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Economy of servants 

More than half a century ago, California was the gold standard for achieving the American dream of home ownership, a modest but prosperous lifestyle, the best education system in the nation, virtually the best of everything. When I first sojourned into the state at the age of 13, California was a beacon for everything that was better, a land where every dream was a real possibility. Sadly, California has precipitously dropped off the economic scale quite deliberately and with forethought.

The state is working hard to create two economies, one of servants and those to be served. No longer is California a beacon for the nation's working and middle classes as current regulatory policies shove the working class under the bus and the middle class out the door.

Working class families are being closed out of the economic boom as their jobs are systematically eliminated by the new elites. These are comprised of wealthy urbanites and those dedicated to creating a political utopia devoid of those "unpleasant people" with their noisy trucks, cars, and outdated values. The Central Valley has been on the receiving end of these policies for several decades as water paid for by farmers is systematically denied and the land returns to desert. Communities dry up as jobs evaporate and breadlines proliferate. Scenes reminiscent of Steinbeck's Grapes of Wrath are commonplace in 21st century California, except this time it's a result of deliberate state policy.

The state's economy was once a manufacturing juggernaut, especially in the aerospace, shipping, and energy industries. The former has become extinct and the latter is under siege. California holds a bonanza of oil both on and offshore, but the state's elites are determined to destroy it regardless of the consequences for its citizens. The chimera of a "fossil-fuel free" economy is endlessly promoted and now it's legislated to be imposed on the state's electricity generation by the year 2045 regardless of the cost, whether economic or via personal hardship. Some spokesmen for this "vision" proclaim that by 2050, it will be illegal to own or drive an individual car in California, as well it might. This would come about via regulatory fiat, passing legislation prohibiting the DMV from registering vehicles powered by internal combustion engines by a certain date.

Fossil fuels provide more than 80 percent of the nation's energy and 97 percent of California's transportation energy. Replacing this fuel with alternatives in the near term is a financial impossibility for 90 percent of the state's population who cannot afford what are toys for the affluent. Most cost more than a down-payment on a median-priced home. Home energy is equally at risk. South Australia's experience with 100 percent alternative energy saw electric prices triple with analysts reporting some energy costs 10 times higher than when using fossil fuels. (Wall Street Journal, "100% Certifiable California," Sept. 10, 2018)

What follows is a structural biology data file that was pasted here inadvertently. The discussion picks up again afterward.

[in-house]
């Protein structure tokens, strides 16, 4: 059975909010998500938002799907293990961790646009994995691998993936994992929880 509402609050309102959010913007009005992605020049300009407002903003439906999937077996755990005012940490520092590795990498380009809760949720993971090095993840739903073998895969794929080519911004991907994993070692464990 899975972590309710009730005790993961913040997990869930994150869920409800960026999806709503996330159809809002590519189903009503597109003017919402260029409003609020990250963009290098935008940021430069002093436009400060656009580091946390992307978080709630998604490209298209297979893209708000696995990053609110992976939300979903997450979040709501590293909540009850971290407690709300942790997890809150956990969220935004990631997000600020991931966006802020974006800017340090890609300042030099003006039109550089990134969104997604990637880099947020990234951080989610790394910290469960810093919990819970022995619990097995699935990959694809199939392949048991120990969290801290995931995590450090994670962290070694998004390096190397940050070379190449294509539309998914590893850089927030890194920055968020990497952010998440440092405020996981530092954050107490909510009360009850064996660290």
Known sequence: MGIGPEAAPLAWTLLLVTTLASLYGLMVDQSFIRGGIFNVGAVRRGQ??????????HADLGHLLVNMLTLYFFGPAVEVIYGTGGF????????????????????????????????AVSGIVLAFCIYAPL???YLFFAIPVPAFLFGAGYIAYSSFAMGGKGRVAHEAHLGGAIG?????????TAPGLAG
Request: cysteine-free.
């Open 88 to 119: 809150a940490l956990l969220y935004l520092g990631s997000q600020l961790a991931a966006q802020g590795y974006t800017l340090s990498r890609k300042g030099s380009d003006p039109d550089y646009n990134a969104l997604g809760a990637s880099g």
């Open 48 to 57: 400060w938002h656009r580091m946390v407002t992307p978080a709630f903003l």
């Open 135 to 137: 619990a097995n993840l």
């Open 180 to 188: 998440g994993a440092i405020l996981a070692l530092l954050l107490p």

A symptom of the decline of middle-class purchasing power is the aging of conventionally powered vehicles. The average age of a conventional vehicle is now 10 years instead of the five years normal a generation ago. Most Californians are in no financial position to participate in alternative energy fantasies. Talk of mass transit replacing the family car is unrealistic as the state built its economy and infrastructure around the convenience of the private car. Places of work are scattered in an economy where two incomes are required to survive and shortened hours mean holding more than one job in distant locations. Bus services with fixed schedules and routes don't cut it in an economy that requires maximum flexibility for middle class workers to commute between home and jobs. Add children and school schedules, and you've created a Gordian knot for parents struggling to cope.

The state's war on the energy industry is doing a massive disservice to the working class who flinch at every dime's increase in energy cost. Elimination of the private sector industrial jobs and the tax base they provide not only displaces a worker earning a head-of-household income but creates social disruption on a massive scale. Loss of the primary source of income for a family is a disaster. It means loss of a home, dislocation to a lower income area, loss of social contacts for children, especially those in school, and often abuse of substances. The latter occurs when self-esteem is destroyed in a population that defines itself by "what do you do?" That in turn leads to increased domestic turmoil and societal disruption with its attendant costs, the worst being loss of hope.

For the peripheral employers (contractors, vendors and small businesses) that depend upon a larger entity, loss of economic activity can be multiplied dozens of times resulting in empty store fronts and declining communities. Schools lose substantial tax revenue, which inevitably leads to teacher layoffs, larger classes but a smaller student population.

This week San Francisco is hosting a Global Climate Action Summit, a gathering of the anointed who strive to create a utopian world devoid of the fossil fuel industry. Their fervor is religious, as indeed for some the environment is their religion. As true believers, whatever pain is inflicted upon their neighbors is justifiable to "save the Earth." Wouldn't it be nice if they also valued their neighbors? Δ

Al Fonzi is an Army lieutenant colonel of military intelligence who had a 35-year military career, serving in both the Vietnam and Iraq wars. Send comments through the editor

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